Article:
BOSTON (AP) — Talk of Democratic U.S. Sen. Elizabeth Warren as a possible running mate for presumptive presidential nominee Hillary Clinton is throwing a fresh spotlight on Massachusetts’ process for filling an empty Senate seat.
Warren is in the fourth year of her first six-year term and if she is elected vice president, she would be leaving her seat vacant in a year when Democrats are hoping to retake the Senate.
It would also spark the state’s third special election for a Senate seat since the death in 2009 of Democratic Sen. Edward Kennedy after 47 years in office.
Before his death, Kennedy sent a letter to state lawmakers urging they change the special election law to let the governor — then Democrat Deval Patrick — name an interim appointment to the seat while a special election was held.
Democrats were also trying to maintain a 60-vote, filibuster-proof margin in the Senate ahead of any debate on President Barack Obama’s health care overhaul.
The change was approved and Patrick named former Democratic National Committee Chairman Paul Kirk, a longtime Kennedy confidante, to the temporary post. Republican Scott Brown ultimately won the special election, but was defeated two years later by Warren.
The 2009 change came just five years after Democrats had changed the succession law to create a special election and block then-Gov. Mitt Romney, a Republican, from naming a temporary replacement if Democratic U.S. Sen. John Kerry had won his campaign for president.
In 2013, Massachusetts had another special election after Obama tapped Kerry to serve as Secretary of State. Patrick named his former chief of staff William “Mo” Cowan to temporarily fill the seat. Democrat Edward Markey won the special election.
With the GOP again holding the corner office at the Statehouse, some are wondering if Democrats would try to change the law yet again to block Gov. Charlie Baker from naming a fellow Republican to the seat until a special election could be held to elect someone to fill out the final two years of Warren’s term.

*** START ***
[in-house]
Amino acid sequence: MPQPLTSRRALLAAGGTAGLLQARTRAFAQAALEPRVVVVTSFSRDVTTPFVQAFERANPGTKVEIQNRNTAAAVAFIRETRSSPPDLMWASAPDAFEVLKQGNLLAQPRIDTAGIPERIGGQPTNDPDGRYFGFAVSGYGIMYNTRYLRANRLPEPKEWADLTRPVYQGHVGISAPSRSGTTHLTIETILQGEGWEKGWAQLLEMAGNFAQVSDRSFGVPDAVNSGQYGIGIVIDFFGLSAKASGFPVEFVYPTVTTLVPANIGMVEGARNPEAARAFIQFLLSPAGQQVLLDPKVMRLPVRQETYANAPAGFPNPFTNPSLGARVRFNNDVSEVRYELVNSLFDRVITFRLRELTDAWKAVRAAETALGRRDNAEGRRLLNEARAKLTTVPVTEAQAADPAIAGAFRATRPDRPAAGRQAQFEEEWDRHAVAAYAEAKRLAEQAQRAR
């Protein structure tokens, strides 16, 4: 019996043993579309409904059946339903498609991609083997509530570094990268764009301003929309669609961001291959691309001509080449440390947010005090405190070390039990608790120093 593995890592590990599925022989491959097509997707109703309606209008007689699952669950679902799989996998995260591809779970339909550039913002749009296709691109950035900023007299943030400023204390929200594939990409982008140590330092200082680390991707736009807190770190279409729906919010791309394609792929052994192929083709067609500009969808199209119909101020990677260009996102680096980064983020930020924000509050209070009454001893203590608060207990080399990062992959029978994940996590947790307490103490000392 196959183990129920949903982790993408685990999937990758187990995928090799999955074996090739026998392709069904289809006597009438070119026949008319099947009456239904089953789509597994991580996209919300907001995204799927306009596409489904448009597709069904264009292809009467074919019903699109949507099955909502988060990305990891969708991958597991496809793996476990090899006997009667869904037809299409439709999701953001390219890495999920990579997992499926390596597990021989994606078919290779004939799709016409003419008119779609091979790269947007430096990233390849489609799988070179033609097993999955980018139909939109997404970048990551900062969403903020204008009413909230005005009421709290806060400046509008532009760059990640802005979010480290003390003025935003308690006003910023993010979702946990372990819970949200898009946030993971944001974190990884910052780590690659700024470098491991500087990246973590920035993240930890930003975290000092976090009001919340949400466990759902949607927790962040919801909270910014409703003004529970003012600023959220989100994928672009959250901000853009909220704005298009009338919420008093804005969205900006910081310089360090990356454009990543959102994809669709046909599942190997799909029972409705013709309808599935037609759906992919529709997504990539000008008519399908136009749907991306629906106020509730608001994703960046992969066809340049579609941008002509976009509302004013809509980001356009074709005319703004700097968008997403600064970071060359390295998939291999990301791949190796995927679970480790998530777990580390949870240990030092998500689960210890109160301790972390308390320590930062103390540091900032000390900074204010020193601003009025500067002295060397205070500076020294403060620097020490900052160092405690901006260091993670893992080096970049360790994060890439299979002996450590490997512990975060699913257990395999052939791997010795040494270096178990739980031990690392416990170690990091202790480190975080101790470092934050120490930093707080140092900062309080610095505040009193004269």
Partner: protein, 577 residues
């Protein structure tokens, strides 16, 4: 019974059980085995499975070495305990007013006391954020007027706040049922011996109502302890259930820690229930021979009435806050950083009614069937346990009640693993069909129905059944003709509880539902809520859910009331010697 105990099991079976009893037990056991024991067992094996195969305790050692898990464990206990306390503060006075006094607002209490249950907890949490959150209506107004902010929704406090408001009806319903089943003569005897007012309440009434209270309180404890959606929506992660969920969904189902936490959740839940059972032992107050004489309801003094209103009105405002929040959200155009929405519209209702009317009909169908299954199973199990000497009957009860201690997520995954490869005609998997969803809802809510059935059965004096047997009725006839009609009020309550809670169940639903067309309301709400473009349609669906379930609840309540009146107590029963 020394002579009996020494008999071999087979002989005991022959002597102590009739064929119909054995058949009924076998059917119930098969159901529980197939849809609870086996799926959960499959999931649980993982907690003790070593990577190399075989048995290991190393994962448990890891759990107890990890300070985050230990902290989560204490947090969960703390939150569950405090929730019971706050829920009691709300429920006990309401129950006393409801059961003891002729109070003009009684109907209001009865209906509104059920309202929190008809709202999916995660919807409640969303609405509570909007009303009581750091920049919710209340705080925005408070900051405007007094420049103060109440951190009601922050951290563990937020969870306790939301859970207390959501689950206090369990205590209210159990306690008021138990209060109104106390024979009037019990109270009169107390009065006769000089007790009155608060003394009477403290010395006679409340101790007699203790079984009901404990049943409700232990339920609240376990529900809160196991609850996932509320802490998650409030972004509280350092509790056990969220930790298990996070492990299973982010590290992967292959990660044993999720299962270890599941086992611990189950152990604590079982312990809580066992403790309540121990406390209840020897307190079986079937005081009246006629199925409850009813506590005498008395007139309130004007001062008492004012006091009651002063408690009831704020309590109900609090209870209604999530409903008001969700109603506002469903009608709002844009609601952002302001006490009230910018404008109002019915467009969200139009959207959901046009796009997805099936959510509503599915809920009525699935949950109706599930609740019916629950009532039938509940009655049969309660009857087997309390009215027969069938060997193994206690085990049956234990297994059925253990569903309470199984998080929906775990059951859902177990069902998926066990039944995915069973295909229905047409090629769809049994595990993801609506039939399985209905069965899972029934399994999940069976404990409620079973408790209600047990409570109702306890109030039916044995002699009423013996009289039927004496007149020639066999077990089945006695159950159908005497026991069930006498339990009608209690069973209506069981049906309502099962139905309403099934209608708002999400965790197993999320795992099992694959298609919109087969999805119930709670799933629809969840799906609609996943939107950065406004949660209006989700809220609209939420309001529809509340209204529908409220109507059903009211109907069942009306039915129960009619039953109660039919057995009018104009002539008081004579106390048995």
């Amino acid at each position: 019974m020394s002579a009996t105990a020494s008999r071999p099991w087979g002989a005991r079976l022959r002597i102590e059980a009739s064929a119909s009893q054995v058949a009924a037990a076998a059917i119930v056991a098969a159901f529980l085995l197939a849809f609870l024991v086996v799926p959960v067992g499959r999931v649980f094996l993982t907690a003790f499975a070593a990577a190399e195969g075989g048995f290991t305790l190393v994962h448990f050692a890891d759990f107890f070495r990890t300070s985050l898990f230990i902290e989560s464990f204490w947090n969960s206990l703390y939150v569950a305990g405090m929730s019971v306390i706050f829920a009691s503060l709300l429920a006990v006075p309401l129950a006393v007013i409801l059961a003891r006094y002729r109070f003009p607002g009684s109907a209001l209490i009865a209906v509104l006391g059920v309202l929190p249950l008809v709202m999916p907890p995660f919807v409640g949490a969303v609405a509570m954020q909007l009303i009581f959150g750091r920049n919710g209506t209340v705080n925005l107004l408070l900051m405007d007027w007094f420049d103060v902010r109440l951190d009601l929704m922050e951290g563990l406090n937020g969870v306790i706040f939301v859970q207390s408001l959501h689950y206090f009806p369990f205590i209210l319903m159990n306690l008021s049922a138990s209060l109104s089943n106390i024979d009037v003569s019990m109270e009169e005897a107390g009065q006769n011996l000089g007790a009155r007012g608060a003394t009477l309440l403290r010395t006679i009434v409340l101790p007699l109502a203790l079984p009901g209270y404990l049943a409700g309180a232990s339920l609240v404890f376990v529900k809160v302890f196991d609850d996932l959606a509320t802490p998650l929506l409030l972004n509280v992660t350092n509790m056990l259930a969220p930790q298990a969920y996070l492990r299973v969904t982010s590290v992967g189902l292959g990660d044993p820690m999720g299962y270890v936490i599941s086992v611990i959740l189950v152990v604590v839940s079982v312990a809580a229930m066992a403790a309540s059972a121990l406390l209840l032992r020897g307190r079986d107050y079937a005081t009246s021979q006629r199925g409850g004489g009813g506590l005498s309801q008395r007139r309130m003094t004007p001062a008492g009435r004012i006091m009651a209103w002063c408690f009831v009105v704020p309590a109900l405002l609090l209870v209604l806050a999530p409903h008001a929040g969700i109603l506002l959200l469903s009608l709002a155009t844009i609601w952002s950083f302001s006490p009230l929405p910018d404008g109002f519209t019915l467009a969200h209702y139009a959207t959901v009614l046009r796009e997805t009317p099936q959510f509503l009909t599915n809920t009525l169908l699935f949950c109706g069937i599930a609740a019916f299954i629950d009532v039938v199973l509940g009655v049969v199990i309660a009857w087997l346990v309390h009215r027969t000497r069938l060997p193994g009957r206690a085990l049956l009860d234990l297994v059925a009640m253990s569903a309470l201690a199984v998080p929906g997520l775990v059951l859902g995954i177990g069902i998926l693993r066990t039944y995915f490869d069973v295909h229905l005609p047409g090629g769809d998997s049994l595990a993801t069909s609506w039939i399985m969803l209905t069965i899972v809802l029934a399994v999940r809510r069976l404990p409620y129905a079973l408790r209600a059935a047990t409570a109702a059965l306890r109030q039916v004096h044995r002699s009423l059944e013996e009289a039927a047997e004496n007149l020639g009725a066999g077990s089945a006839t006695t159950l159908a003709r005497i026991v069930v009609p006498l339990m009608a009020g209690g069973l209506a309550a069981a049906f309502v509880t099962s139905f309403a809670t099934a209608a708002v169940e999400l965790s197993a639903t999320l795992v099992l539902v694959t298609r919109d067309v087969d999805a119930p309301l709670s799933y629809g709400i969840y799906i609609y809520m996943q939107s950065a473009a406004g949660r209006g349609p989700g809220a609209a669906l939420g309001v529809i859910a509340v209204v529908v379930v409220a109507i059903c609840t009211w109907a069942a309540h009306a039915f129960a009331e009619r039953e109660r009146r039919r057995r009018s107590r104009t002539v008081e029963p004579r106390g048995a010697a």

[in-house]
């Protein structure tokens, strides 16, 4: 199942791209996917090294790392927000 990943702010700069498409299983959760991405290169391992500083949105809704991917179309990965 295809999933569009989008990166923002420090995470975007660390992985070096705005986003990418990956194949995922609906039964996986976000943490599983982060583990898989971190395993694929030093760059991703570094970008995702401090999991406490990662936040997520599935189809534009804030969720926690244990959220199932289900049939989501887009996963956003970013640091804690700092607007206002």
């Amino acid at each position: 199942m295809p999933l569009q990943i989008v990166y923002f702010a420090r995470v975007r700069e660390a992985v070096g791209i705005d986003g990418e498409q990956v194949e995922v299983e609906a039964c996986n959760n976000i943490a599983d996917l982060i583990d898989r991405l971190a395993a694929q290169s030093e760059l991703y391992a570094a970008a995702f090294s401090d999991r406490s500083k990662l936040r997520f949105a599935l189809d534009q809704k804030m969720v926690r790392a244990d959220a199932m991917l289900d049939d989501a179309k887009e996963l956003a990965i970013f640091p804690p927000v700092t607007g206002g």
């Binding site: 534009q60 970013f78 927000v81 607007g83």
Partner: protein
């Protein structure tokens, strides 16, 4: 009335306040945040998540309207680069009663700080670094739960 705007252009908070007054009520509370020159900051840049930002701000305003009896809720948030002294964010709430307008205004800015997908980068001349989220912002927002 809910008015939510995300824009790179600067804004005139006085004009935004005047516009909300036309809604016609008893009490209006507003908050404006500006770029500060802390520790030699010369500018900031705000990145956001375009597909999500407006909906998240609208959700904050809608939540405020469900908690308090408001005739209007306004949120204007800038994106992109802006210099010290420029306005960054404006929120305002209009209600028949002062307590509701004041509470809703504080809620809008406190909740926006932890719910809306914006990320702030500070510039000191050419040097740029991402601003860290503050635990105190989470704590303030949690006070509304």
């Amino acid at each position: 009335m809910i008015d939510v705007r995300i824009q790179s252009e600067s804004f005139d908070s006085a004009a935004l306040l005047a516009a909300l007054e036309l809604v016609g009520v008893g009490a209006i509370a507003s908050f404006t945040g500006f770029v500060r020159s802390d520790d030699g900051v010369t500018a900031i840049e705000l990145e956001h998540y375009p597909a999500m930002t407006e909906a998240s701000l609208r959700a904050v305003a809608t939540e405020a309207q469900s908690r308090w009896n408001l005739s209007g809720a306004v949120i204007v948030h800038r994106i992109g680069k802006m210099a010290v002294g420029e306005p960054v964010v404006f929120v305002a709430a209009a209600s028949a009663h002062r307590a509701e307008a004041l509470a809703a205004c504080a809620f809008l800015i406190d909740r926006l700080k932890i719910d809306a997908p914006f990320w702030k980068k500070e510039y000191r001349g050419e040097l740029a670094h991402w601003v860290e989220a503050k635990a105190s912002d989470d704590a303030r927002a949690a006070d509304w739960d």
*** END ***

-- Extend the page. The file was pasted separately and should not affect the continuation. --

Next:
By law, Baker would have to call a special election within 145 to 160 days of the date the vacancy occurs. That would mean Baker could appoint a Republican to hold the seat for the first few months of a potential Clinton administration.
Also, a Baker appointee could run for the seat permanently — something Kirk and Cowan pledged not to do — and perhaps use the temporary incumbency to gain a slight leg up on a Democratic opponent.
Democratic House Speaker Robert DeLeo told reporters recently that he wasn’t keen on tinkering with the law, but also said it was premature to speculate.
“Haven’t thought about it a whole lot,” the Winthrop Democrat said. “But I’m not sure if I’d be terribly enthusiastic about changing what we’ve already done.”
In 2009, DeLeo defended giving Patrick the right to make an interim appointment, saying he wanted to make sure “Massachusetts has their voice heard on health care, on the environment, on clean energy.”
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